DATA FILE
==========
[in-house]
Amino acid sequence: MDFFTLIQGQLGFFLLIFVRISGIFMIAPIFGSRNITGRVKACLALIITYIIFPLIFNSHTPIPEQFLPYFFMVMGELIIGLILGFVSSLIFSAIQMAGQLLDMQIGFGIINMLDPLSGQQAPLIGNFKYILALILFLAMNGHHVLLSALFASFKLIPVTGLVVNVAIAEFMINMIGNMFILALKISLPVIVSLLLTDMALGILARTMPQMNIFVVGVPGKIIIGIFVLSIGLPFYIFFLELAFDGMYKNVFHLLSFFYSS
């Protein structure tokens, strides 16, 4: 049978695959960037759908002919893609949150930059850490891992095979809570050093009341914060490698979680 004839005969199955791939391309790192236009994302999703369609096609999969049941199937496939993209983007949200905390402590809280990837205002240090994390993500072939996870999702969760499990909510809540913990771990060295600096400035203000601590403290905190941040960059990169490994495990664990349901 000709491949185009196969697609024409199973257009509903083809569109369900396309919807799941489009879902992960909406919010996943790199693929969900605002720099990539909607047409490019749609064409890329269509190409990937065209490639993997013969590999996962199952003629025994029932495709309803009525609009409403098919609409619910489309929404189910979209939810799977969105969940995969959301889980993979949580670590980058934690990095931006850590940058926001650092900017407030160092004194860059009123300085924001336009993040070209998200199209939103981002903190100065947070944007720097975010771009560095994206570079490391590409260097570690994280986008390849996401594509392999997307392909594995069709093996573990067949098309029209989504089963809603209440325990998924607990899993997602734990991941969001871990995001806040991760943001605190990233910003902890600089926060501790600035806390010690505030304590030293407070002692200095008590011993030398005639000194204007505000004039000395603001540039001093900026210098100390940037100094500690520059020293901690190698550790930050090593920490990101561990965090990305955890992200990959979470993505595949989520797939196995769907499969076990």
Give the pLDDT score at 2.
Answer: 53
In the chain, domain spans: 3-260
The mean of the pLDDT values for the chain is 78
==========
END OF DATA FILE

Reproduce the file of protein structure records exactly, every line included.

[in-house]
Amino acid sequence: MDFFTLIQGQLGFFLLIFVRISGIFMIAPIFGSRNITGRVKACLALIITYIIFPLIFNSHTPIPEQFLPYFFMVMGELIIGLILGFVSSLIFSAIQMAGQLLDMQIGFGIINMLDPLSGQQAPLIGNFKYILALILFLAMNGHHVLLSALFASFKLIPVTGLVVNVAIAEFMINMIGNMFILALKISLPVIVSLLLTDMALGILARTMPQMNIFVVGVPGKIIIGIFVLSIGLPFYIFFLELAFDGMYKNVFHLLSFFYSS
């Protein structure tokens, strides 16, 4: 049978695959960037759908002919893609949150930059850490891992095979809570050093009341914060490698979680 004839005969199955791939391309790192236009994302999703369609096609999969049941199937496939993209983007949200905390402590809280990837205002240090994390993500072939996870999702969760499990909510809540913990771990060295600096400035203000601590403290905190941040960059990169490994495990664990349901 000709491949185009196969697609024409199973257009509903083809569109369900396309919807799941489009879902992960909406919010996943790199693929969900605002720099990539909607047409490019749609064409890329269509190409990937065209490639993997013969590999996962199952003629025994029932495709309803009525609009409403098919609409619910489309929404189910979209939810799977969105969940995969959301889980993979949580670590980058934690990095931006850590940058926001650092900017407030160092004194860059009123300085924001336009993040070209998200199209939103981002903190100065947070944007720097975010771009560095994206570079490391590409260097570690994280986008390849996401594509392999997307392909594995069709093996573990067949098309029209989504089963809603209440325990998924607990899993997602734990991941969001871990995001806040991760943001605190990233910003902890600089926060501790600035806390010690505030304590030293407070002692200095008590011993030398005639000194204007505000004039000395603001540039001093900026210098100390940037100094500690520059020293901690190698550790930050090593920490990101561990965090990305955890992200990959979470993505595949989520797939196995769907499969076990």
Give the pLDDT score at 2.
Answer: 53
In the chain, domain spans: 3-260
The mean of the pLDDT values for the chain is 78